Judging from the press, it seems that English-speaking countries are congenitally unable to run nationalized health care systems. Maybe that’s why more thoughtful advocates of single-payer laud the French and German systems whose newspapers most Americans can’t read. Apparently, Mr. Moore has not been as thoughtful. He may not have considered that anyone with a computer and an internet connection can use Google News Search to quickly determine that his version of the Canadian system is not even close to reality.

These are not isolated anecdotes. Indeed, they are the result of the systematic rationing of health care by the Canadian government via global hospital budgets, technology budgets and the intentional limitation on the number of practicing specialists. However, many advocates of government-run medicine deny that waiting for health care in Canada is a problem.

Defenders of the Canadian system tend to fall into three groups:

  • Those who deny that Canadians wait too long.
  • Those who admit it and blame it on under-funding
  • Those who think that waiting is not a bad thing

Those who deny that waiting is a problem in Canada include Ezra Klein of The American Prospect who minimizes the effects of waiting this way:

… there is no rationing or waiting lists for non-elective or emergency procedures.

Well, no there aren’t. But, just because a surgery is termed elective doesn’t mean it’s not urgent. In fact, all cancer surgeries are considered elective in Canada. And – unless you’re having a heart attack, a bypass operation is considered elective – even if the blockage approaches 100% – even if you’re a ticking time bomb – even if an American doctor would consider it an emergency.

All of the patients in my films – a man with a cancerous brain tumor, a women whose bladder had ceased functioning, a women who was slowly starving to death due to a blocked mesoenteric artery – were waiting for elective surgery. In 2003, Diane Gorsuch of Manitoba died while waiting more than two years for elective cardiac bypass surgery. But, of course, it’s in the interest of single-payer advocates to mislead Americans and make them think that Canadians only endure long waits for varicose vein treatment and lap band procedures.

Klein also plays down Canadian waiting this way:

Oh, and the “hordes of Canadians rushing across the border for care thing”? Mostly myth.

Well, its not difficult to see why. Canadians have already paid high taxes for national health insurance. They don’t have health care savings because they’ve been subjected to two decades of government propaganda that tells them they don’t need it. – And, they don’t have private insurance because it’s outlawed – and many of them are old, afraid to travel for surgery, fear they may lose their place in the queue or be thought of as “un-Canadian”.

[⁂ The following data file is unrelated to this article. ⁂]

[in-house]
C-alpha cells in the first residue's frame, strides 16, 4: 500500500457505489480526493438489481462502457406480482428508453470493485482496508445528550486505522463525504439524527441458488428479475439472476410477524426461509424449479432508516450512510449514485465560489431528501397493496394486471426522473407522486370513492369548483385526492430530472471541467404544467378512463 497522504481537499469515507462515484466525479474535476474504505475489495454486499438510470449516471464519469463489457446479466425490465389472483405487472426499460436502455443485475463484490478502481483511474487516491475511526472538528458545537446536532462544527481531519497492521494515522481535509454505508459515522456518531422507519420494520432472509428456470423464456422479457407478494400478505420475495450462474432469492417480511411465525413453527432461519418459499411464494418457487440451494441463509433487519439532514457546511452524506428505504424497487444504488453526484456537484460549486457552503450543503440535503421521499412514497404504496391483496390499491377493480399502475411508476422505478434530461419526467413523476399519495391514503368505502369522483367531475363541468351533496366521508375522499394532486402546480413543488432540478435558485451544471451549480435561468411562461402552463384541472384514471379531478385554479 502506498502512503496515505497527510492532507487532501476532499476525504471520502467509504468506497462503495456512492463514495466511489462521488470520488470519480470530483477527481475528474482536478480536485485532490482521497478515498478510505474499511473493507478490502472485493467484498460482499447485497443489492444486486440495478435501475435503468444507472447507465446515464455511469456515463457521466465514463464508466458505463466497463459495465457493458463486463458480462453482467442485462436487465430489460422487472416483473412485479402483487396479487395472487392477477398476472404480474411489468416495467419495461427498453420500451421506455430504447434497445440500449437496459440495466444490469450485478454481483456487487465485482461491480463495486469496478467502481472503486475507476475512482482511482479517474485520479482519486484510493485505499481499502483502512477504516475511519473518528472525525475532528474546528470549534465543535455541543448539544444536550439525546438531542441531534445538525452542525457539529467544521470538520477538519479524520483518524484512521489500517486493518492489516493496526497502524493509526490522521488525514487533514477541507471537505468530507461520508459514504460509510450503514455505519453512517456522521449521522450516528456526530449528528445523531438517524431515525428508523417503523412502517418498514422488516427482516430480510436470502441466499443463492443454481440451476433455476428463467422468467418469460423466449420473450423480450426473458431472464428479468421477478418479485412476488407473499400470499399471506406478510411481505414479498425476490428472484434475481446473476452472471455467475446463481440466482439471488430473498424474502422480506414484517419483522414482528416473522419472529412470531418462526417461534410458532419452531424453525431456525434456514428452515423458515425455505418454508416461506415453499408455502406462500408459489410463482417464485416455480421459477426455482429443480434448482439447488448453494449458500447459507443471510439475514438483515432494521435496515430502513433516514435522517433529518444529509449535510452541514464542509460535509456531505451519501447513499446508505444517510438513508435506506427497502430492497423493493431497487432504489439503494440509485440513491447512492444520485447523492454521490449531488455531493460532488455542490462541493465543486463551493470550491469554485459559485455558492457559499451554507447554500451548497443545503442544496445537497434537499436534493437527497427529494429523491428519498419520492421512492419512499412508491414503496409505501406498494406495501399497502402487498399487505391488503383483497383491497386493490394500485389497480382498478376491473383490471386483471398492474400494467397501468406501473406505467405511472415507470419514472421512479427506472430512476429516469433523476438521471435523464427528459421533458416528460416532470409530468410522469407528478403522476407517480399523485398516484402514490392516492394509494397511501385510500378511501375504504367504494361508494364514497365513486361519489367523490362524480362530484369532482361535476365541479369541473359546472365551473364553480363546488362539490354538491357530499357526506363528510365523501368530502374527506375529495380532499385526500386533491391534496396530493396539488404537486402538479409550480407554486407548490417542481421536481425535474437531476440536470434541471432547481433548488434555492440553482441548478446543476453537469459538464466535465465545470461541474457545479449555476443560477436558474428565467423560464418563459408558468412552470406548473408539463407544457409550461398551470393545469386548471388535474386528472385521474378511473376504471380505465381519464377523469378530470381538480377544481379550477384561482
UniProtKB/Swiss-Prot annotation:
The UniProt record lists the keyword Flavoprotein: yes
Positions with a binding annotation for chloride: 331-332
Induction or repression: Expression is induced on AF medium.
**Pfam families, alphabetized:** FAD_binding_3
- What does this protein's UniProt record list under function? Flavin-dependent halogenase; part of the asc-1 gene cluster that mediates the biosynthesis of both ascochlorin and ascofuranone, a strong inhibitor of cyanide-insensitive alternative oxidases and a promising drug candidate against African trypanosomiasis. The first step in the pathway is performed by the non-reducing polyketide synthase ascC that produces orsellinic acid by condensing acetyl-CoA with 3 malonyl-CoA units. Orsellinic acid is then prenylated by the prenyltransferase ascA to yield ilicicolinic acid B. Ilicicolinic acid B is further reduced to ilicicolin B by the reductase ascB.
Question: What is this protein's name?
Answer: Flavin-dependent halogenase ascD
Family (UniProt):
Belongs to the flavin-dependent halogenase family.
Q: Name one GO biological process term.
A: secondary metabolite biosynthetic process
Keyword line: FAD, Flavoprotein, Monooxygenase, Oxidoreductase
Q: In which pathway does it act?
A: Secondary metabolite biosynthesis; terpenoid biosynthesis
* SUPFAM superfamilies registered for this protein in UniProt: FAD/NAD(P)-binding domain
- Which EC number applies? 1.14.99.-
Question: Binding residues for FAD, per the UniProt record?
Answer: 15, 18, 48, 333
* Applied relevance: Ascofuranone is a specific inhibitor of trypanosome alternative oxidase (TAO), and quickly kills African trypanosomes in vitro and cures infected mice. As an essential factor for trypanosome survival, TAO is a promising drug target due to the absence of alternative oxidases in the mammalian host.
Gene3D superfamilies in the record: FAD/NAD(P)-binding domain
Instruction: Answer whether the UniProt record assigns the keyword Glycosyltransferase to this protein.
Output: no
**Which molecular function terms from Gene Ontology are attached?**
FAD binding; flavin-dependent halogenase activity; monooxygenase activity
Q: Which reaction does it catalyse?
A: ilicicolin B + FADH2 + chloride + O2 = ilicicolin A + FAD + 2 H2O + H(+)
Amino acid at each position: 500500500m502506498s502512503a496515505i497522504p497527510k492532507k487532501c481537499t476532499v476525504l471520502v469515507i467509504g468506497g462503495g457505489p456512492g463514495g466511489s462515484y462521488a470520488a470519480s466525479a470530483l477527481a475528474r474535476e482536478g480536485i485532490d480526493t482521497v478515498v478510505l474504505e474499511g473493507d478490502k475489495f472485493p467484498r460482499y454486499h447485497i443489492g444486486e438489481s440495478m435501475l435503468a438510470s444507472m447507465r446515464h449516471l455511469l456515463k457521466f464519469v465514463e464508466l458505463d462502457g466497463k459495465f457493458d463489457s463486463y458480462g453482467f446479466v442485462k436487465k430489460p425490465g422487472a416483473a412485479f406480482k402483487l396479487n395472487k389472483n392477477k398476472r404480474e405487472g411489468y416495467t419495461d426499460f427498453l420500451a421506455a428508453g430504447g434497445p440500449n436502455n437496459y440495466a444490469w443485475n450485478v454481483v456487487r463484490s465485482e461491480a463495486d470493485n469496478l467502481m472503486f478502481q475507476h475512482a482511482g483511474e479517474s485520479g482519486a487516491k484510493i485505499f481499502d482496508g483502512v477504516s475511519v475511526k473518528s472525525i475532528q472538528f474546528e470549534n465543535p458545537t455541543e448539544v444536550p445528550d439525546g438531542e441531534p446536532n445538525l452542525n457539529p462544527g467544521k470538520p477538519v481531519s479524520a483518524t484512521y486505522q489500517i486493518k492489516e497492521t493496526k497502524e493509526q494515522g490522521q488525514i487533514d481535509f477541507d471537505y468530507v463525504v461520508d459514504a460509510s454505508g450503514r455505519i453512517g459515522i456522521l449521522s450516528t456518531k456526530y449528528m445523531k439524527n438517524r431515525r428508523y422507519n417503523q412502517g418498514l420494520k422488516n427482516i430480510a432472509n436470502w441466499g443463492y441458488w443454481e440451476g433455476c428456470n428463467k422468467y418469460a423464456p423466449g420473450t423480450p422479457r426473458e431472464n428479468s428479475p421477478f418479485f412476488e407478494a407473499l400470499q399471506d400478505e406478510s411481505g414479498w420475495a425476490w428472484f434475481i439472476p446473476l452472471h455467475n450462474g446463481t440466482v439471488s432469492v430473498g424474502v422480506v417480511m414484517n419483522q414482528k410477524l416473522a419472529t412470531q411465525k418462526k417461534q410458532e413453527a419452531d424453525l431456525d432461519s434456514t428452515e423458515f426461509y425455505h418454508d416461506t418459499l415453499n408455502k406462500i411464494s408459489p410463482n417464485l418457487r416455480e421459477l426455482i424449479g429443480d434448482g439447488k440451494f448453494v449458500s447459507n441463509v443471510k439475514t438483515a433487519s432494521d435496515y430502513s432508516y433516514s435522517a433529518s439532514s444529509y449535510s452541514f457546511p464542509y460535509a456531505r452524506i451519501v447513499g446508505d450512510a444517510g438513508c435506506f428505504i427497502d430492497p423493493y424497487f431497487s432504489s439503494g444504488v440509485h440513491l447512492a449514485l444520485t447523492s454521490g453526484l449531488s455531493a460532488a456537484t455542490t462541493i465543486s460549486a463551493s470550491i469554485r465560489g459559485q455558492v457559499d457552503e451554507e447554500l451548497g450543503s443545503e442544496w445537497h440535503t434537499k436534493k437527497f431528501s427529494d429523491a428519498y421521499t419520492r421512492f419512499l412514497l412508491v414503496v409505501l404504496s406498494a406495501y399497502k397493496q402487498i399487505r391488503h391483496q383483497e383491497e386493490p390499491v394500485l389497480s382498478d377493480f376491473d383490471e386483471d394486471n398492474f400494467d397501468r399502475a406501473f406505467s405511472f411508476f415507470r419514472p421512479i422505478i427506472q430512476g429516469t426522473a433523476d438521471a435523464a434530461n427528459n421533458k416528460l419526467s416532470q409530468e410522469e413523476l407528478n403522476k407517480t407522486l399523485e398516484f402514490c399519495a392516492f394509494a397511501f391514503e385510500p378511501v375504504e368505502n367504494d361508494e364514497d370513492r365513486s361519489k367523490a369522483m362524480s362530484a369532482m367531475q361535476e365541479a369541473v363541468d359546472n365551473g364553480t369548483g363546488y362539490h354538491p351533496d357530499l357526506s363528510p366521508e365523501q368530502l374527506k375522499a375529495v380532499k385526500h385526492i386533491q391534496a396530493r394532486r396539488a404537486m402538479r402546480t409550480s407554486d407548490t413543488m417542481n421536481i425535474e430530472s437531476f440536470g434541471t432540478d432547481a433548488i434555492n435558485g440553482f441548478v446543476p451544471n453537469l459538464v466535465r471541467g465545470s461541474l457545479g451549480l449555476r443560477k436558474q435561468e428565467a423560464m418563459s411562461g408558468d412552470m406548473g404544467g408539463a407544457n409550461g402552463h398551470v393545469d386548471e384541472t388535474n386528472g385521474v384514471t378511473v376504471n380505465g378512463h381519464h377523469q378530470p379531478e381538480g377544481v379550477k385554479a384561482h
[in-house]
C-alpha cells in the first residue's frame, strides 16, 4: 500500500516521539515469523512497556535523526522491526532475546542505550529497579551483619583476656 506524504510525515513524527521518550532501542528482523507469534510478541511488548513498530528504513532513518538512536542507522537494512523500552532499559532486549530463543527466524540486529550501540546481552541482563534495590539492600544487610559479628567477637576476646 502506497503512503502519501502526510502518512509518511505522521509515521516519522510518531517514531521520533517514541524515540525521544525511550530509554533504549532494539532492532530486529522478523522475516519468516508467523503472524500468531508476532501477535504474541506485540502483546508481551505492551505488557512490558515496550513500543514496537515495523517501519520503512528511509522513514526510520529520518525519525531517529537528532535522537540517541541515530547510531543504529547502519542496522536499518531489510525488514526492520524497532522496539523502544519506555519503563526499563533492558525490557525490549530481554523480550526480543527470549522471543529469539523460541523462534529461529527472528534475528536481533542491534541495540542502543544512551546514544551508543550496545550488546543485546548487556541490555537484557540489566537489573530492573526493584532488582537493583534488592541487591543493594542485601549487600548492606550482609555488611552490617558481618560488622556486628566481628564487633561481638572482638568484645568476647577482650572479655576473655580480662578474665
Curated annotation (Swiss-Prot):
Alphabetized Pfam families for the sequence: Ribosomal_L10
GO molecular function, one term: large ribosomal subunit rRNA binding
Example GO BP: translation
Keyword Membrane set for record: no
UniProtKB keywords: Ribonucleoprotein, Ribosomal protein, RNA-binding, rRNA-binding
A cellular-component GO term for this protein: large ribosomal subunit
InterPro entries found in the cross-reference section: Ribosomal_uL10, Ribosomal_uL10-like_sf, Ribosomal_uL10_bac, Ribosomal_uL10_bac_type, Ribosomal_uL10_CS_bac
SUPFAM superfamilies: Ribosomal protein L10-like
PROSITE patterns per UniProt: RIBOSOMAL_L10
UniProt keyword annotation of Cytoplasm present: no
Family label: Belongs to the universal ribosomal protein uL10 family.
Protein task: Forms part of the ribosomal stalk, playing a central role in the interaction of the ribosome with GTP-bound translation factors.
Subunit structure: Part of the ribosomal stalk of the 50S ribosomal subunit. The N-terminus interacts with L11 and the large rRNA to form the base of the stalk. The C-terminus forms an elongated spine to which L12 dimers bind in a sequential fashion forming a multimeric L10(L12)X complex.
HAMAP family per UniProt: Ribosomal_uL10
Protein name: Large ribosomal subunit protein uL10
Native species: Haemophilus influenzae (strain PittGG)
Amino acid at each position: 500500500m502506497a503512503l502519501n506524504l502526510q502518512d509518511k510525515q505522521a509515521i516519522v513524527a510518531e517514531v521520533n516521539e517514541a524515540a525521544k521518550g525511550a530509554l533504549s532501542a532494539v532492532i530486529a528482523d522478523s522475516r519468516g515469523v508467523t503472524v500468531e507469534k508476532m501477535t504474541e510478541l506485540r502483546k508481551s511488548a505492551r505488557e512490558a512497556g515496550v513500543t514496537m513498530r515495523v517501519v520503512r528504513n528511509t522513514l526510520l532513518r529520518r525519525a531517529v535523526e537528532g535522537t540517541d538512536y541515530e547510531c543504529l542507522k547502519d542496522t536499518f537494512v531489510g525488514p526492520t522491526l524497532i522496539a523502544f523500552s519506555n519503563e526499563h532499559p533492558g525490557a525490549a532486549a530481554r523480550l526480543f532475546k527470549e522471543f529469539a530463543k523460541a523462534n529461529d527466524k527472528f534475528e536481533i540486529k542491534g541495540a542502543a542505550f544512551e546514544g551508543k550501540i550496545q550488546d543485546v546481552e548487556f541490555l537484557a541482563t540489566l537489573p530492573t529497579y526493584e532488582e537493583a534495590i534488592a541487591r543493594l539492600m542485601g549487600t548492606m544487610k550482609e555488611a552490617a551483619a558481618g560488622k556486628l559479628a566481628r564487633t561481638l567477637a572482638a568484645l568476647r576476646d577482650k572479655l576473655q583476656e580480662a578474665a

Then, there are those who admit that Canadians suffer and wait long periods of time for medical care – but who blame this merely on underfunding – not on the system itself. Groups like Physicians for a National Health Program, who take this stance, like to have it both ways. They lament high U.S. health care spending while they praise low Canadian spending – all the while blaming underfunding for the constant stream of horror stories in the Canadian press.

And finally there are those who seem to think that suffering and waiting is a good thing as long as everyone suffers equally. Academics like Pat and Hugh Armstrong who have written a book praising and defending the Canadian health care system say that “waiting lists are an indication of strong demand for high quality health care.”

Undeterred by reports of long waits and suffering in countries where nationalized health insurance has been implemented, the advocates of government-run medicine point to 45 million Americans without health insurance as proof that the market has failed and that government-run medicine is the answer.

However, the so-called “crisis of the uninsured” is anything but. As I show in my short film Uninsured in America, the vast majority of the uninsured are people who choose to go without coverage. Seventeen million of the uninsured reside in households making more than $50,000 a year. Fourteen million people without coverage are eligible for Medicaid or SCHIP, but haven’t signed up. Throw in millions of illegal immigrants who don’t buy insurance and millions of people who are uninsured only for short periods of time and we’ve got a non-crisis of politically exaggerated proportions. Moreover, millions of people who are unwilling to pay for their own medical care have figured out that it’s free-for-the-taking at any hospital emergency room.

Consider this: across Canada, thousands of baby boomers and the elderly often wait years for knee and hip replacements; often in great pain while taking powerful narcotics. However, a dog in Canada can get a joint replacement operation at a veterinary hospital done in a matter of weeks. The real danger of adopting a system like the one in Canada is not just long waits for medical treatment. Americans would pay much higher taxes and lose important liberties while turning over personal life-and-death decisions to government bureaucrats.